Olsen’s students also got a view of her own challenges. Sharing a house with three children, Olsen sometimes dragged her computer into the bathroom and held class from the only quiet room she could find.
Olsen thinks the shared vulnerability made her students motivated to succeed in school. Her students ended the year with the highest reading scores of any class she has ever taught.
“I think the most important message you can send to kids is how much you care about them,” Olsen said. It’s a message she said she’s doubling down on next year.
Finessing the flipped classroom
For Shannon Mueller, a biology teacher at Berkeley High, remote learning gave her the opportunity to try on an entirely new way of teaching: the flipped classroom.
Mueller, who is starting her ninth year of teaching, knew she was spending too much precious class time lecturing at her students. But it wasn’t until the pandemic that she felt confident making the switch altogether.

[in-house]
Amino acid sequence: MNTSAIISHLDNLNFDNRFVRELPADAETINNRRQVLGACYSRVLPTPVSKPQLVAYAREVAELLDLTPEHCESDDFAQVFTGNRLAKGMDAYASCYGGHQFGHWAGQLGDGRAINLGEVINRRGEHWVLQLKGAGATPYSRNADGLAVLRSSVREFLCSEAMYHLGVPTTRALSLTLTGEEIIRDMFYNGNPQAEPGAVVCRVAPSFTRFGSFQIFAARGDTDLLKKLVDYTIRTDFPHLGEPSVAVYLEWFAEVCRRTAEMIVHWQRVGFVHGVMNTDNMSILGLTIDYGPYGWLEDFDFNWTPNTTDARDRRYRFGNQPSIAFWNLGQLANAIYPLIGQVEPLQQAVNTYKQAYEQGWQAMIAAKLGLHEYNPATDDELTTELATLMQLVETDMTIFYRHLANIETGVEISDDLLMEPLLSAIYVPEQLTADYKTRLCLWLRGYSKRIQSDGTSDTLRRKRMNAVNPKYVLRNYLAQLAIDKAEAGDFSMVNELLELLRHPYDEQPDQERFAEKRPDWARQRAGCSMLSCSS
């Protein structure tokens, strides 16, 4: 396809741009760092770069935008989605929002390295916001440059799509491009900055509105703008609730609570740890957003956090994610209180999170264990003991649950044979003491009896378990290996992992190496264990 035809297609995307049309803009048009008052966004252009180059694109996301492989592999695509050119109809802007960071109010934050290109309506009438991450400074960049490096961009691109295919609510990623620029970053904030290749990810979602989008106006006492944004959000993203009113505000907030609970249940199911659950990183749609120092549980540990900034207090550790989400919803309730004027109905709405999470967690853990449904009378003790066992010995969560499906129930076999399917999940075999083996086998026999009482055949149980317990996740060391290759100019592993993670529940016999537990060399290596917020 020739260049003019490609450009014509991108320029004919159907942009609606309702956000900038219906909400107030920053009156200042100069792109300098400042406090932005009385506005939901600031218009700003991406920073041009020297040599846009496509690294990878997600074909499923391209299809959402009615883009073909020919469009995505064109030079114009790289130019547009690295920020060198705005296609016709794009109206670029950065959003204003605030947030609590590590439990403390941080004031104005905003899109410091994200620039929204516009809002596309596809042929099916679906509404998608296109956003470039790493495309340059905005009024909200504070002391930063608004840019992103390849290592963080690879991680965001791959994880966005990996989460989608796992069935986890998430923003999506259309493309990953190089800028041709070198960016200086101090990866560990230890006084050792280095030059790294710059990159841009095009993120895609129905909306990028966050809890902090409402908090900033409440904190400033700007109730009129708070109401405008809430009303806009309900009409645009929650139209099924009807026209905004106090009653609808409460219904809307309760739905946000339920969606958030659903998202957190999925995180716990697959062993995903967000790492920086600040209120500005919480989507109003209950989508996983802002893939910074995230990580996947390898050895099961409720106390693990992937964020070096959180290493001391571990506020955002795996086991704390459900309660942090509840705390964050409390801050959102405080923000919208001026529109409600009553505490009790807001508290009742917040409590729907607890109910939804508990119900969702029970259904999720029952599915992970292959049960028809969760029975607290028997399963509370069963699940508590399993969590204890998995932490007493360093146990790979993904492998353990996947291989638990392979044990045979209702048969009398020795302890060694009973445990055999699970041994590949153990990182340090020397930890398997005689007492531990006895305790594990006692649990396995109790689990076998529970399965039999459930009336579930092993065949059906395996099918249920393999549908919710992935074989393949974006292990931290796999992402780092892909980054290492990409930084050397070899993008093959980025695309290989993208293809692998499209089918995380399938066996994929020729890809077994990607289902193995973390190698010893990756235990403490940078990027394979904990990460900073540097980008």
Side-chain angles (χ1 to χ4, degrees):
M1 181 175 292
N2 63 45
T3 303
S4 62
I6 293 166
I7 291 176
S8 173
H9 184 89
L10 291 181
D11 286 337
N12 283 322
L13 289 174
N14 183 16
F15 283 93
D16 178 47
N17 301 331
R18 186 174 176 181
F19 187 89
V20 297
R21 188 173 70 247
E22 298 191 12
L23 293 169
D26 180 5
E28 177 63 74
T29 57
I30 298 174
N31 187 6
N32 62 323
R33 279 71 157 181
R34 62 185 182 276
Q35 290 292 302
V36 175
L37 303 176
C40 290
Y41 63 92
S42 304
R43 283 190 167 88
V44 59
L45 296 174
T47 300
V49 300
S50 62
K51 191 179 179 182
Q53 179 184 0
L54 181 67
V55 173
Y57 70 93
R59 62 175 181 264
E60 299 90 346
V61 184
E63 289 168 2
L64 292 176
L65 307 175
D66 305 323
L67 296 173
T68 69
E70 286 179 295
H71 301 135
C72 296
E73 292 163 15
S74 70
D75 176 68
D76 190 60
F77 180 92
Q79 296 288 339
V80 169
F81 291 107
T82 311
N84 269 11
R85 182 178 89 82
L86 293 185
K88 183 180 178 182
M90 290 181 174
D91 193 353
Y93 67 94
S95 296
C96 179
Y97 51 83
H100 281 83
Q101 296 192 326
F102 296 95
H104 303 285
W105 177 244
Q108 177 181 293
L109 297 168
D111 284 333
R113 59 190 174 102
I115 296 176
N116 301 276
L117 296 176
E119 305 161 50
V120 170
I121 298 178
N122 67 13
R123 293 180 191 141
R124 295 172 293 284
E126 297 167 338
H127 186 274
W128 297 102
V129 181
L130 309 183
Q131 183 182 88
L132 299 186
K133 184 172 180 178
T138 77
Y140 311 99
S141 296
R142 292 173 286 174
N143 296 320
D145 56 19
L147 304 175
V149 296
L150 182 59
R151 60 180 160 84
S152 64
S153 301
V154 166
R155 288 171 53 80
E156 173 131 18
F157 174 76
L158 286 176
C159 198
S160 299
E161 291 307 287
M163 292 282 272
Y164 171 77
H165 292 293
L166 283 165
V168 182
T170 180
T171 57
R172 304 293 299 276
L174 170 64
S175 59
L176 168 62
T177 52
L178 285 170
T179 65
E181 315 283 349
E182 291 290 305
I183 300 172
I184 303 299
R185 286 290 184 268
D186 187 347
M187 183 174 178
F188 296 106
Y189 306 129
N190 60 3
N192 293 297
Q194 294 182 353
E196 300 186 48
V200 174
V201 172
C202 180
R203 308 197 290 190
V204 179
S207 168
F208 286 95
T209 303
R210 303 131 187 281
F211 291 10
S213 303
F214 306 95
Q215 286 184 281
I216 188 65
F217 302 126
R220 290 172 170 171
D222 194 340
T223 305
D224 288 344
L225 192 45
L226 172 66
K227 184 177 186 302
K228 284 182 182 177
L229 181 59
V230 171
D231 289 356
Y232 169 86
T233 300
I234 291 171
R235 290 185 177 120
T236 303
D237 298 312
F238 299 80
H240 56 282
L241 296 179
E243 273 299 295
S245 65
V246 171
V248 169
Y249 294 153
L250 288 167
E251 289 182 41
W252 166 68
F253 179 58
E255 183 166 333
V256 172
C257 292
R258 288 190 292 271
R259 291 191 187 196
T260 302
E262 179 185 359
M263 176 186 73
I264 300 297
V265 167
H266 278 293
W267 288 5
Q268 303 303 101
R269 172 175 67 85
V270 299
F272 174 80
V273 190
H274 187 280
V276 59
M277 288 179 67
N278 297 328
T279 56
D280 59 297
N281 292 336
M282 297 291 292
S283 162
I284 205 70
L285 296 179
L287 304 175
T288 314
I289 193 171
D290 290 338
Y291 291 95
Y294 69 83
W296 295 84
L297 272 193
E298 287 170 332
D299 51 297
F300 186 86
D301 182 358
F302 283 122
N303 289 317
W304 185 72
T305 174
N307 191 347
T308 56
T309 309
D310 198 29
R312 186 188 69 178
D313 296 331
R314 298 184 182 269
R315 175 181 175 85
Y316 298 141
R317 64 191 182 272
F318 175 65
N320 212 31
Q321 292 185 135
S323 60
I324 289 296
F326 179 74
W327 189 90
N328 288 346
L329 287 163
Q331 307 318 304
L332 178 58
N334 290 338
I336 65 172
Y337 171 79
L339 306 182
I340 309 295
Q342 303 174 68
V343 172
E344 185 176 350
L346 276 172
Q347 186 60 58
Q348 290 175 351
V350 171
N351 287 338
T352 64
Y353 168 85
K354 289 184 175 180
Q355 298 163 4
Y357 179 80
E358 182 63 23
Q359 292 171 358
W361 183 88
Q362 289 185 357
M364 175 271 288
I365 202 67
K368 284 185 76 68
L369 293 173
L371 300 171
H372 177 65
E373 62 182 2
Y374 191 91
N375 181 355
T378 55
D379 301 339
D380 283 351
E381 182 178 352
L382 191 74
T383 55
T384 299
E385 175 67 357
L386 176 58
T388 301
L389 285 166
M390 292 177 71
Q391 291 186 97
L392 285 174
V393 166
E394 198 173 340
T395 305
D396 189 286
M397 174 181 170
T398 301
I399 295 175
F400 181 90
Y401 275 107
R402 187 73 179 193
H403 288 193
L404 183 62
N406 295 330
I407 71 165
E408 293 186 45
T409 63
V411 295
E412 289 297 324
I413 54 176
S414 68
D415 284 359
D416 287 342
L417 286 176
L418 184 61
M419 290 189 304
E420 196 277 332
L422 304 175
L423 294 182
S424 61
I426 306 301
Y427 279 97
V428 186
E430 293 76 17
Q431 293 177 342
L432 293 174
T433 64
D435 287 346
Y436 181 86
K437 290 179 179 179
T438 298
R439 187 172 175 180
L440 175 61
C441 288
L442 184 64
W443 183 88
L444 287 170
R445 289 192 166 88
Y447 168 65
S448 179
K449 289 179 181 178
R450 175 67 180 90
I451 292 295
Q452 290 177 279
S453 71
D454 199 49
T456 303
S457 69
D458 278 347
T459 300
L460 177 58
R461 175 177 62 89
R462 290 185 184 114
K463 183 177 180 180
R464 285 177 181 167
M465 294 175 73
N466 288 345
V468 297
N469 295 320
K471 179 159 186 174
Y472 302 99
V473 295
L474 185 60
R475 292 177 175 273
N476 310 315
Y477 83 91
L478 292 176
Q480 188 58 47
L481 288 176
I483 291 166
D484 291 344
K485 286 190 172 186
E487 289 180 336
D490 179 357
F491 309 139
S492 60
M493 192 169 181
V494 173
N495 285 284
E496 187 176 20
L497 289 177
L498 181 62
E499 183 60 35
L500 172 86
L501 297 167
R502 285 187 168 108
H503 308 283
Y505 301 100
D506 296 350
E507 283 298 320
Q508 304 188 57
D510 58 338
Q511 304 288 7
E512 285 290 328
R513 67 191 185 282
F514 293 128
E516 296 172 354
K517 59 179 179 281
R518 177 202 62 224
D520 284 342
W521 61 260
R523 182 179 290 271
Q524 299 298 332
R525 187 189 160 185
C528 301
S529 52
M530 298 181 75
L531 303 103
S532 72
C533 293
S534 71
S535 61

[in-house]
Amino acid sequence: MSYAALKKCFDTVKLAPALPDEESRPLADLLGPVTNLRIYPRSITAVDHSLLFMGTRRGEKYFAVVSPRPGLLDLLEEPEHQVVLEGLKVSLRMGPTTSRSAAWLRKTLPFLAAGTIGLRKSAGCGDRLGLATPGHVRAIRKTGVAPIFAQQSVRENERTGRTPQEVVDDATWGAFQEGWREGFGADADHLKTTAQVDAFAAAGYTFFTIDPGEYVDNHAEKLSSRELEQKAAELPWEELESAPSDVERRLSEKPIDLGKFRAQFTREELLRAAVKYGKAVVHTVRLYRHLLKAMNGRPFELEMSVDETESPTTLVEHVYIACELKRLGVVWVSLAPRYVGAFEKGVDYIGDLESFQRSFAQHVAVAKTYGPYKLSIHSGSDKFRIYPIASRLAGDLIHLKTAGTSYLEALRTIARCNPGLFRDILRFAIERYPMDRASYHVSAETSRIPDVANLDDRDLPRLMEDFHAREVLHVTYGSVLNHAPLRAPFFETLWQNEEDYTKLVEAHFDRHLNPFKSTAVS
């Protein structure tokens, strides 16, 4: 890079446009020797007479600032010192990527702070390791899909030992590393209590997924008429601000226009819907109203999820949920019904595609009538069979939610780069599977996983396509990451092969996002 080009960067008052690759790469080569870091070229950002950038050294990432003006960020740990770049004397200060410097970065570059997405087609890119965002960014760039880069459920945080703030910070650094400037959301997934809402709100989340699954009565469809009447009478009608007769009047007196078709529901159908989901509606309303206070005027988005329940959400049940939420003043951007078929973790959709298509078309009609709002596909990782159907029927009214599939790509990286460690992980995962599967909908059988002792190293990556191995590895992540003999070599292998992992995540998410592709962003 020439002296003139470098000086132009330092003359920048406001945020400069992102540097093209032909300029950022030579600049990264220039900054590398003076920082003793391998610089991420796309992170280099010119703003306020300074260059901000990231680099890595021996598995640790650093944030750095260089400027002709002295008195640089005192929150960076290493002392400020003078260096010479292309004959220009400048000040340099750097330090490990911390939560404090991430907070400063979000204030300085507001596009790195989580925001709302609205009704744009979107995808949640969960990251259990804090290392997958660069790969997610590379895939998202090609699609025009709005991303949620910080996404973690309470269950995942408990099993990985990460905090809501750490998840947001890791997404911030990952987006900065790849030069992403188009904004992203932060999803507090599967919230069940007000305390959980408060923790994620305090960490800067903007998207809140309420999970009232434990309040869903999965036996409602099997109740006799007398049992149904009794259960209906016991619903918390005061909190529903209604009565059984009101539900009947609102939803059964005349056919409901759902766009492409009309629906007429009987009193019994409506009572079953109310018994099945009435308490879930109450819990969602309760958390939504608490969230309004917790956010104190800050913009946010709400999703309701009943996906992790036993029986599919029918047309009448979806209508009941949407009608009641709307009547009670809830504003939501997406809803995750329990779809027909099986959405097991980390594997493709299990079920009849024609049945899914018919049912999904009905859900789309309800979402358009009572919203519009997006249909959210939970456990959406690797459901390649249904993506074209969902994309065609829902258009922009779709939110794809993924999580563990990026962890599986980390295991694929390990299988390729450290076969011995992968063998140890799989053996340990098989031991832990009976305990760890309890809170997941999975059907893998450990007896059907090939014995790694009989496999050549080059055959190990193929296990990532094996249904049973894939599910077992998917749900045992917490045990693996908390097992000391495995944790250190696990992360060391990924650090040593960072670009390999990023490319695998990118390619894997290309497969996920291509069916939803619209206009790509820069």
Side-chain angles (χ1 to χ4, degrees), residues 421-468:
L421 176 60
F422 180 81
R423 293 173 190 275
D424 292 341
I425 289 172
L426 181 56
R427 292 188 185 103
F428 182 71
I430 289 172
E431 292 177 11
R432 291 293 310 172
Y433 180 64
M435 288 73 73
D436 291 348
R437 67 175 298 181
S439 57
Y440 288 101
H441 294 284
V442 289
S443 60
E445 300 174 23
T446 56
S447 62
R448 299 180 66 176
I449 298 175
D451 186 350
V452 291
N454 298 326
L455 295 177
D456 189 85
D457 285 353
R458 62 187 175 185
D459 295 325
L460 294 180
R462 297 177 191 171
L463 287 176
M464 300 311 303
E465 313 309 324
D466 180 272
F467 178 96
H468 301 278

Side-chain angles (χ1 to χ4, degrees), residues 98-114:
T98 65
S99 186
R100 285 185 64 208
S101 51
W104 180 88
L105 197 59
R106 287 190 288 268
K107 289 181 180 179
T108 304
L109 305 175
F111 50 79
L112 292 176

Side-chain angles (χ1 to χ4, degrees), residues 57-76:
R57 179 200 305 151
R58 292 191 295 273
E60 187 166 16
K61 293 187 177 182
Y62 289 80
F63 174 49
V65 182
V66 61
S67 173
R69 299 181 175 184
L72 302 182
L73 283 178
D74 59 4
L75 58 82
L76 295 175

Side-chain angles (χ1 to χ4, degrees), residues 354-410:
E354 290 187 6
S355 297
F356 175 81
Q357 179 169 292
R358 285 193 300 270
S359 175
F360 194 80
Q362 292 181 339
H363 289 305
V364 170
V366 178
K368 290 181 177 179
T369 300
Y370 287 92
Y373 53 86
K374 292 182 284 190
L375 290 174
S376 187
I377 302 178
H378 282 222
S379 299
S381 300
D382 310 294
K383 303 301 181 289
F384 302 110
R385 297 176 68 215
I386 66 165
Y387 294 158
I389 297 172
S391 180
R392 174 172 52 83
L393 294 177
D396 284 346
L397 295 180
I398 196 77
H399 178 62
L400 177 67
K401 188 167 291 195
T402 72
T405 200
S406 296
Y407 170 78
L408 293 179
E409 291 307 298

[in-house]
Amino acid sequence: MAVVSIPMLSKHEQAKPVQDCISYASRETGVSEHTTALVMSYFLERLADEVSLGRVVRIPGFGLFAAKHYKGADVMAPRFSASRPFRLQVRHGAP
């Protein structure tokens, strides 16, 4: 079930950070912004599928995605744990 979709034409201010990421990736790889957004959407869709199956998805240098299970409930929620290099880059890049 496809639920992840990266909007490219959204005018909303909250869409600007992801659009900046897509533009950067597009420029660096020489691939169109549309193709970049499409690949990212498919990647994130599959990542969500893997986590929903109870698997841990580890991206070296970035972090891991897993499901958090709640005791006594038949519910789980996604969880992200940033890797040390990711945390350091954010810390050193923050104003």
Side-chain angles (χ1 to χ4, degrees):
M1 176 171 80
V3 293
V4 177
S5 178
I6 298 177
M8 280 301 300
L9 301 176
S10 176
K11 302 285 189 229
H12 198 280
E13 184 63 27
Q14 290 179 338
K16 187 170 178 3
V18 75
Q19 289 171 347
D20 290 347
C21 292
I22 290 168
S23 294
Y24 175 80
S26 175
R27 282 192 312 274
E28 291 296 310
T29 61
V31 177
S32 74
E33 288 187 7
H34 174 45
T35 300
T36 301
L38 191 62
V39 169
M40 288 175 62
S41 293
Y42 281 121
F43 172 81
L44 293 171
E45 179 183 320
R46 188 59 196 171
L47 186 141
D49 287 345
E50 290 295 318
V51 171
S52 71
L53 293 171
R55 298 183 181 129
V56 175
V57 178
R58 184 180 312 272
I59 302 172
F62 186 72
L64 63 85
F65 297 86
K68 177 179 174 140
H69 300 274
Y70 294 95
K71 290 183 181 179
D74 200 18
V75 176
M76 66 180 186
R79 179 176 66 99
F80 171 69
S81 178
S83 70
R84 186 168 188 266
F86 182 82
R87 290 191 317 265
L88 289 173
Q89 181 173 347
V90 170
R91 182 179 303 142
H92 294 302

Now, Mueller uses Loom to record videos of herself explaining the material and assigns other online video lectures. Class time is devoted to problem-solving with peers, work that would typically be assigned for students to do at home.
“Class time should be a time for critical thinking, teamwork and collaboration,” Mueller said. “That’s what students loved the most.”
After teaching online with this new structure, Mueller surveyed her students to see if it was working. It was. They gave rave reviews. And when Mueller compared her students’ scores with previous years, they were doing better.
That persuaded Mueller to commit to teaching in a flipped classroom for good.